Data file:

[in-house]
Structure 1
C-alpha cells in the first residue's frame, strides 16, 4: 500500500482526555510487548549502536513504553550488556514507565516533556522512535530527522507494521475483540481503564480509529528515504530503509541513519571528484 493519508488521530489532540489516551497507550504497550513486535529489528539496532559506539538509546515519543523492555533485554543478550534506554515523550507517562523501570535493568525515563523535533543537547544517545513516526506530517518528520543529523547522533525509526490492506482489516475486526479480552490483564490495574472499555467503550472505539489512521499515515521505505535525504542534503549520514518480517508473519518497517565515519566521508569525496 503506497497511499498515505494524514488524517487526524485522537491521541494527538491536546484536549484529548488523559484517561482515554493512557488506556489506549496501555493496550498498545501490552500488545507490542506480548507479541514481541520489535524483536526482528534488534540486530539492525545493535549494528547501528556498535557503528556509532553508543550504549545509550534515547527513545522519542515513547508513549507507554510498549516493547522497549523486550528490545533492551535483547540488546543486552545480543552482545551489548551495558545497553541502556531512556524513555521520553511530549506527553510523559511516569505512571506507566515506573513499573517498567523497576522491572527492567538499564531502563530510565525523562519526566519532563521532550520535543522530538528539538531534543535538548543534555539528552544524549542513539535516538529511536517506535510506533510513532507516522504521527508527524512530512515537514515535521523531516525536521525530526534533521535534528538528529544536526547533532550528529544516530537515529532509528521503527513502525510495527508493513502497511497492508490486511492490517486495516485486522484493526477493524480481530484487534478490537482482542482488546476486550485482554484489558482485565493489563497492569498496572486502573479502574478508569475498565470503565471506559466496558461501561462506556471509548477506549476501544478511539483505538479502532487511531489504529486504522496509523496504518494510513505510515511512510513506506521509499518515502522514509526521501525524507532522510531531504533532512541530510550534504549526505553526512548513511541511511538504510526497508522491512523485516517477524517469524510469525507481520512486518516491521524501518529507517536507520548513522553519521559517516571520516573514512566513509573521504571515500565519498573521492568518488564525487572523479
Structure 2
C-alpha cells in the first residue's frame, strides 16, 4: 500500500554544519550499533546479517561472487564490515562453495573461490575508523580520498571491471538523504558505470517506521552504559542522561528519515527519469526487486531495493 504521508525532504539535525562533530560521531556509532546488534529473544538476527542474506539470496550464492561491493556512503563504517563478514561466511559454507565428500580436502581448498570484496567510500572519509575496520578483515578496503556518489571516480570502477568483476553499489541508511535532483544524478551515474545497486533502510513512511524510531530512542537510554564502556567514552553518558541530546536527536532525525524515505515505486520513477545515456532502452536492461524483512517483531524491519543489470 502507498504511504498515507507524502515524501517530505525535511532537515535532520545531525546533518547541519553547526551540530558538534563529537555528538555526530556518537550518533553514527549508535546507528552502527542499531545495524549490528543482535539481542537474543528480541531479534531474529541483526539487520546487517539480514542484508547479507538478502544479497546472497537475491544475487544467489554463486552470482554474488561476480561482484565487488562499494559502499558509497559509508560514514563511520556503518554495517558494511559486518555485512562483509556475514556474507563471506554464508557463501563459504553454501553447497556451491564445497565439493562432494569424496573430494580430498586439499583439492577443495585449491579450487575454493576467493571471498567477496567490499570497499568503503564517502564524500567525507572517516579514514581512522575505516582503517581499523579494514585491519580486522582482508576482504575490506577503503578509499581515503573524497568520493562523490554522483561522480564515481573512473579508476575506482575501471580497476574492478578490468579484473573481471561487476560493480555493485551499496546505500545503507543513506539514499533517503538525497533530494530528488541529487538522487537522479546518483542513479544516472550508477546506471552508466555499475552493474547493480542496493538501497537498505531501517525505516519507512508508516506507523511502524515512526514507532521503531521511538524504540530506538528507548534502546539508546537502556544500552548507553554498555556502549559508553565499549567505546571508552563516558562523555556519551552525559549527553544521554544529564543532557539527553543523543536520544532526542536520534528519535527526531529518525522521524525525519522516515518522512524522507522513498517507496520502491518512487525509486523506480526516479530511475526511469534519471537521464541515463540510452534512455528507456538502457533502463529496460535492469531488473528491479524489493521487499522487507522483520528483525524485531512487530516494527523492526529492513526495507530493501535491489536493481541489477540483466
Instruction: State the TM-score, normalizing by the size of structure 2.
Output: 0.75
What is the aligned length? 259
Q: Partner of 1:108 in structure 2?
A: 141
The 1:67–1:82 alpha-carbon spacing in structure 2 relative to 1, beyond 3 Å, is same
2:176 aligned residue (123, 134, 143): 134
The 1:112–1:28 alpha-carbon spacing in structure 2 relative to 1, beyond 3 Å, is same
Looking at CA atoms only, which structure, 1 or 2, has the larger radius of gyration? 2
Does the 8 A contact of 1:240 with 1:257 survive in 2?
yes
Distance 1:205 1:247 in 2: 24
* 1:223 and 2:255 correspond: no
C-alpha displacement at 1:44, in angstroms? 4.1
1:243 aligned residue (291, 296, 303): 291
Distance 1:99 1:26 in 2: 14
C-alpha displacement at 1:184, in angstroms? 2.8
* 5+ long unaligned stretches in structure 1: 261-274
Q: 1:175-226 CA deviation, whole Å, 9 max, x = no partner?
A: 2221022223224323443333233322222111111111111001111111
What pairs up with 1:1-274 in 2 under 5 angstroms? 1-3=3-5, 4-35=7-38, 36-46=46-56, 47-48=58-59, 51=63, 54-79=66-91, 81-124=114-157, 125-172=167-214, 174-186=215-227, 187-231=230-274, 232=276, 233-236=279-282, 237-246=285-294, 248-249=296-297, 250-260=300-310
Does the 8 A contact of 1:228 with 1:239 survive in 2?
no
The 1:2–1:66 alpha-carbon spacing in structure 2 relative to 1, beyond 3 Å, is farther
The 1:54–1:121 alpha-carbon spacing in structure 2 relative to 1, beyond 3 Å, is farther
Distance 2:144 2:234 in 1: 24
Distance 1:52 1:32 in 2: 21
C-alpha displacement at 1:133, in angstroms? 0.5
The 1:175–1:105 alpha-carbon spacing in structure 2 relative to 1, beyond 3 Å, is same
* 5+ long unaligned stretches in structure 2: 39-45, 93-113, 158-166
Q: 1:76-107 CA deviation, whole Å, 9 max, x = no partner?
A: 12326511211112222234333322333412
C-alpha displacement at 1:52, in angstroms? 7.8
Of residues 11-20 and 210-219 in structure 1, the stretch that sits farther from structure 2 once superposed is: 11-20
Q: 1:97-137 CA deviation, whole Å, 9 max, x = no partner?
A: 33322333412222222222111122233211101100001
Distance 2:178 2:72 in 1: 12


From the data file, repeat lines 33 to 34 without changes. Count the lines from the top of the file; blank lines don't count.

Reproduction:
C-alpha displacement at 1:133, in angstroms? 0.5
The 1:175–1:105 alpha-carbon spacing in structure 2 relative to 1, beyond 3 Å, is same